WASHINGTON — The U.S. Environmental Protection Agency is announcing a schedule to develop standards for wastewater discharges produced by natural gas extraction from underground coalbed and shale formations.
No comprehensive set of national standards exists at this time for the disposal of wastewater discharged from natural gas extraction activities, and over the coming months EPA will begin the process of developing a proposed standard with the input of stakeholders — including industry and public health groups.
Shale gas standards
Currently, wastewater associated with shale gas extraction is prohibited from being directly discharged to waterways and other waters of the U.S. While some of the wastewater from shale gas extraction is reused or re-injected, a significant amount still requires disposal.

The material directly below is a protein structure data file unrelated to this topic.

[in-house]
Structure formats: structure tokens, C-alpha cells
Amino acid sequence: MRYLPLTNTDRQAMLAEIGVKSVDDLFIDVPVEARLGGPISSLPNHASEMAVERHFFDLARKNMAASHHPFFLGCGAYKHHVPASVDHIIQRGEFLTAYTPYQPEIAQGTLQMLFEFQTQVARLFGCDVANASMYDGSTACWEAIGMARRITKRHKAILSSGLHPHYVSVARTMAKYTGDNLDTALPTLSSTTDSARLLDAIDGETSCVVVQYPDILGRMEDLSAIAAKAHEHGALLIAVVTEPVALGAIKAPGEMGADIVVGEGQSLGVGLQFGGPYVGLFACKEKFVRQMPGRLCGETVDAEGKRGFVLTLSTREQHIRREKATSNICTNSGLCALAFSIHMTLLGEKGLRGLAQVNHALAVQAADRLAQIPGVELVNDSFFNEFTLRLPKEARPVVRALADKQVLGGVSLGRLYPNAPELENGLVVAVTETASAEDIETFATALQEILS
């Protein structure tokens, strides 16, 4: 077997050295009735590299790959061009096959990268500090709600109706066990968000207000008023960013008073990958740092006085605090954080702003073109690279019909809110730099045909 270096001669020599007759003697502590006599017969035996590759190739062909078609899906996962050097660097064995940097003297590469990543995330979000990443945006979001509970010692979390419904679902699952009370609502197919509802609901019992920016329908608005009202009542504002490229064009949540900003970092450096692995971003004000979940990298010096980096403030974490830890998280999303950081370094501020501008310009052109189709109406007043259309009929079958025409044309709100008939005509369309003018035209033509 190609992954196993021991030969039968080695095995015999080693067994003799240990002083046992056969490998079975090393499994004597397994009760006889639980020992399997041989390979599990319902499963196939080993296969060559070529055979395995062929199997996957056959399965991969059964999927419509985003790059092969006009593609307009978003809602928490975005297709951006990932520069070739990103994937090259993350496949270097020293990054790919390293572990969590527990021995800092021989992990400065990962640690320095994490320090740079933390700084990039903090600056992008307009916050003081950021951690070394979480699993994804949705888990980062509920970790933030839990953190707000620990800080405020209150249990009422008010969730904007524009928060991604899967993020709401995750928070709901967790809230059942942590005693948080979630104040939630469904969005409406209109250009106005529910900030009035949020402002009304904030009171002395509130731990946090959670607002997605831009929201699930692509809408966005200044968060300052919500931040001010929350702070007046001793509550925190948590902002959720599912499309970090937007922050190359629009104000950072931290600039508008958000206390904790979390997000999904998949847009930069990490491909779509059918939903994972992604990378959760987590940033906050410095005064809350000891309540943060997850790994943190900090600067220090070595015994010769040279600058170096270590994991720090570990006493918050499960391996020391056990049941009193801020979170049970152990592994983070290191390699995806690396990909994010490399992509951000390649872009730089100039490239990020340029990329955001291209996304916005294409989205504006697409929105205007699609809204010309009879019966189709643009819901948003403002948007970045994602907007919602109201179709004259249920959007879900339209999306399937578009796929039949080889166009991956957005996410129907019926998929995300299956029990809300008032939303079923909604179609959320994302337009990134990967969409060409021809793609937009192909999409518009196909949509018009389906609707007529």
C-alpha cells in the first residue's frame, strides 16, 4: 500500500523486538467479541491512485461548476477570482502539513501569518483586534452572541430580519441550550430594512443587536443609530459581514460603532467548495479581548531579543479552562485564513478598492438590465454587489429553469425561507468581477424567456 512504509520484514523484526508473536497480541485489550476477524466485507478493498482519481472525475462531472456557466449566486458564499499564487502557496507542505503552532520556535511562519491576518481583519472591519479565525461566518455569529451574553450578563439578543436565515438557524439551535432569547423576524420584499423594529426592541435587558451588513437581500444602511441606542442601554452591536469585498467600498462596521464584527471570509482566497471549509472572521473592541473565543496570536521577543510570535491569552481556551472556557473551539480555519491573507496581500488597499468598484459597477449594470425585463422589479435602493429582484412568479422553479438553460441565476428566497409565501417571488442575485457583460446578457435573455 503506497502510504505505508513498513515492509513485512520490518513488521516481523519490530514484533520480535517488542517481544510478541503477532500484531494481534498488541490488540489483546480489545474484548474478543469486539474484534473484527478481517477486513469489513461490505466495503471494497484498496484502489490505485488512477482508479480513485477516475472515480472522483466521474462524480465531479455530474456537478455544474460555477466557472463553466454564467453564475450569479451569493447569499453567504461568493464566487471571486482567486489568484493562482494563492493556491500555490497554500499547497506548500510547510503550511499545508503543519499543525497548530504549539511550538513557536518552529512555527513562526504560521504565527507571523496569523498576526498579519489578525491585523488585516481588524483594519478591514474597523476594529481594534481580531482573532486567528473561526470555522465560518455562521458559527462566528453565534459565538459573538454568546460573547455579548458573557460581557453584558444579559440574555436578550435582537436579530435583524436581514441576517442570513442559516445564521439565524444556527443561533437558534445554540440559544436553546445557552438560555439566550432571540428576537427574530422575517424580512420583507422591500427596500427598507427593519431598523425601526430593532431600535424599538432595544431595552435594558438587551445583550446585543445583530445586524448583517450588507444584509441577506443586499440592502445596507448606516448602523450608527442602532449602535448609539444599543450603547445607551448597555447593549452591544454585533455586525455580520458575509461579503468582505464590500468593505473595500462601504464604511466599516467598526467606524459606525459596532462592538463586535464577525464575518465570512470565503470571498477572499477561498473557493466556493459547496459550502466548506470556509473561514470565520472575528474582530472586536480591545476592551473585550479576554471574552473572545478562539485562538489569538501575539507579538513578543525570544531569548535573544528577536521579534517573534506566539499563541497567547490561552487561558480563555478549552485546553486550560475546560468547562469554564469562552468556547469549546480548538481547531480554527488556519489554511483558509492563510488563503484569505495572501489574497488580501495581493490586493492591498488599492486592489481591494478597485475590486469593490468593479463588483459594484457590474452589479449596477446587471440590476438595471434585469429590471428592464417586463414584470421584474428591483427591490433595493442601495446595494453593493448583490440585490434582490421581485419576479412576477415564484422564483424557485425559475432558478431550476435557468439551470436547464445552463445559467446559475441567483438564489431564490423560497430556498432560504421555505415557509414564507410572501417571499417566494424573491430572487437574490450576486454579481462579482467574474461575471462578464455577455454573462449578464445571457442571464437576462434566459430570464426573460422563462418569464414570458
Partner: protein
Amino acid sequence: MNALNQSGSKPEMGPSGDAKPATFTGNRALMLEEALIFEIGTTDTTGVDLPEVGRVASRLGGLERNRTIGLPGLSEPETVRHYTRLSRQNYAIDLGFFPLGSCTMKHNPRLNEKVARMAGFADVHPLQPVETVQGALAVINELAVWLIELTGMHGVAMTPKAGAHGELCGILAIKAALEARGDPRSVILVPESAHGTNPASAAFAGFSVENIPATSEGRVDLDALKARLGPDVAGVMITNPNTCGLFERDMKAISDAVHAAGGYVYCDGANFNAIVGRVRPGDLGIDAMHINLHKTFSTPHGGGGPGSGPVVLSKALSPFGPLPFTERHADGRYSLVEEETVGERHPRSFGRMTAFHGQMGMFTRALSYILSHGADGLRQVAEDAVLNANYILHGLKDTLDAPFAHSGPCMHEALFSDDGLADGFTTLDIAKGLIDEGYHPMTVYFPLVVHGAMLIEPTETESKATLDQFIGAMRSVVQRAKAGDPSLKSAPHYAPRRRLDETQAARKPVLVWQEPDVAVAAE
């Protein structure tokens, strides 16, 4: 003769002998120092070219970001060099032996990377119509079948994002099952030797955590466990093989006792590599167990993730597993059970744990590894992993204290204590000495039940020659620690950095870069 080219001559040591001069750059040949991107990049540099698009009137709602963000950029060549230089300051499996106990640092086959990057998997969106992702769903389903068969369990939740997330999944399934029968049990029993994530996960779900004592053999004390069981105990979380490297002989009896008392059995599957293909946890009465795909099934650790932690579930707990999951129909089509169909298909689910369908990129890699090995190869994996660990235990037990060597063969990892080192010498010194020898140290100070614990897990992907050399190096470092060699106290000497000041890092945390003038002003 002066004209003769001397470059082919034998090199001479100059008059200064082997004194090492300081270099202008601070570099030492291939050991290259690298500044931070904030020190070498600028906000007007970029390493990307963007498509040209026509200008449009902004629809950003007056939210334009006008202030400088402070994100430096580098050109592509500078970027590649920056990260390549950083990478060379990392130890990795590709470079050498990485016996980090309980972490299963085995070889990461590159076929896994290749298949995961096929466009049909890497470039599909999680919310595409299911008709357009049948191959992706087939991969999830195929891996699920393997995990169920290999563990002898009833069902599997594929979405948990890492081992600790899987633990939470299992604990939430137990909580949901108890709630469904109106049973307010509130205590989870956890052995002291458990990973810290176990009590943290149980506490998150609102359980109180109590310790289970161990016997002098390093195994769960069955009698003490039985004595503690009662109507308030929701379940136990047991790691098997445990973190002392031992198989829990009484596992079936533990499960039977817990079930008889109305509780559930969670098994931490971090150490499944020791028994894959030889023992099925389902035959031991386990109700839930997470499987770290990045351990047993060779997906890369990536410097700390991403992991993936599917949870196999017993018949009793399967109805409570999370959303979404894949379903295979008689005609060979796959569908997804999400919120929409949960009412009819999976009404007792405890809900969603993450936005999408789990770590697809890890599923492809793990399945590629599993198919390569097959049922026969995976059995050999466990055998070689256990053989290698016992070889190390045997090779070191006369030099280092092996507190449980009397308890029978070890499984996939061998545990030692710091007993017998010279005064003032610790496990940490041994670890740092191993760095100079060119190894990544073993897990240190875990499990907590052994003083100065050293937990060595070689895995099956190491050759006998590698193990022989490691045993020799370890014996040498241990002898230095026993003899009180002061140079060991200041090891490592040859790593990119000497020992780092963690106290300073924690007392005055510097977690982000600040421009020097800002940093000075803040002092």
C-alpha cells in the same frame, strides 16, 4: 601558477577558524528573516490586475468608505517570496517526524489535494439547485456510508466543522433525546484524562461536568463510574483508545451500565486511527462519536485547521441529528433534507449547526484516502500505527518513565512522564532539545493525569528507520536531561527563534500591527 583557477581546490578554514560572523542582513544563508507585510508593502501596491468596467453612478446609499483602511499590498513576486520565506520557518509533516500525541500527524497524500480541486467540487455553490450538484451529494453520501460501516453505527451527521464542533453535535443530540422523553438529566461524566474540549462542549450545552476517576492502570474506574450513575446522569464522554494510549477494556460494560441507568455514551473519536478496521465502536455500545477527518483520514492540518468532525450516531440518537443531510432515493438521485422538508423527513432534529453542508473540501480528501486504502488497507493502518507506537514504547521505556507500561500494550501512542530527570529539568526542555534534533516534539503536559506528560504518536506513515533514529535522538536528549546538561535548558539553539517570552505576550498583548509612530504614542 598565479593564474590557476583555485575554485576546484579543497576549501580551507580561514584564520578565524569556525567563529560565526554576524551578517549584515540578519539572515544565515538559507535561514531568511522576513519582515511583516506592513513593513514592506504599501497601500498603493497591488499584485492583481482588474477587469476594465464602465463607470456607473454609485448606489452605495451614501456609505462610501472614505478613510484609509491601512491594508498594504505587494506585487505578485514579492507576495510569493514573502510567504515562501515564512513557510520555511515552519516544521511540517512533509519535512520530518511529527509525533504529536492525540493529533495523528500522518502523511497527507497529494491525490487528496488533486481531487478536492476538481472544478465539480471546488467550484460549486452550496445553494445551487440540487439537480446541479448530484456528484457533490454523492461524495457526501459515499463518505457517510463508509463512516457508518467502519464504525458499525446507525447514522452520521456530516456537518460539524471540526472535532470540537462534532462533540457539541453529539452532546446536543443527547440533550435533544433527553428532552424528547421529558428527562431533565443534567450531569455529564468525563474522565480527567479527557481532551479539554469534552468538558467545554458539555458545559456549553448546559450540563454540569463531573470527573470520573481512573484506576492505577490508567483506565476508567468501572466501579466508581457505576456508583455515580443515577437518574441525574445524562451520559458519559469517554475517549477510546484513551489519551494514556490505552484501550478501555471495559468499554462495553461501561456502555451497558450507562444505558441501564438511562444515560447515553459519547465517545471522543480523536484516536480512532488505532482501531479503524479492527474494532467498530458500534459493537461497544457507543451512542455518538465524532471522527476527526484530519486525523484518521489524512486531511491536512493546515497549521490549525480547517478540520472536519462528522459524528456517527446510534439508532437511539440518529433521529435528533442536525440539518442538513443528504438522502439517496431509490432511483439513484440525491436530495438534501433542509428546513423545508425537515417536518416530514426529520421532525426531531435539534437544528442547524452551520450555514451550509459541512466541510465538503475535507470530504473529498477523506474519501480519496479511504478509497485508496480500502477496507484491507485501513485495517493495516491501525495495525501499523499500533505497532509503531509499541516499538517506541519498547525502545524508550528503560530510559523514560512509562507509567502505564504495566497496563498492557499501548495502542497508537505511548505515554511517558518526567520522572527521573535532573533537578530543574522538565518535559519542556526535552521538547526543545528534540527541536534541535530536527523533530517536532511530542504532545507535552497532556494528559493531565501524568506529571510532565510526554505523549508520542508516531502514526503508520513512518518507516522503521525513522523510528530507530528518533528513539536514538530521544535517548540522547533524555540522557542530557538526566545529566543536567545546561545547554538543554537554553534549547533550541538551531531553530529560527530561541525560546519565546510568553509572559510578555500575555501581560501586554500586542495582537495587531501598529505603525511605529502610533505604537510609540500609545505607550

As a result, some shale gas wastewater is transported to treatment plants, many of which are not properly equipped to treat this type of wastewater. EPA will consider standards based on demonstrated, economically achievable technologies, for shale gas wastewater that must be met before going to a treatment facility.
Coalbed methane standards
Wastewater associated with coalbed methane extraction is not currently subject to national standards for being directly discharged into waterways and for pre-treatment standards. Its regulation is left to individual states.
For coalbed methane, EPA will be considering uniform national standards based on economically achievable technologies.
To ensure that these wastewaters receive proper treatment and can be properly handled by treatment plants, EPA will gather data, consult with stakeholders, including ongoing consultation with industry, and solicit public comment on a proposed rule for coalbed methane in 2013 and a proposed rule for shale gas in 2014.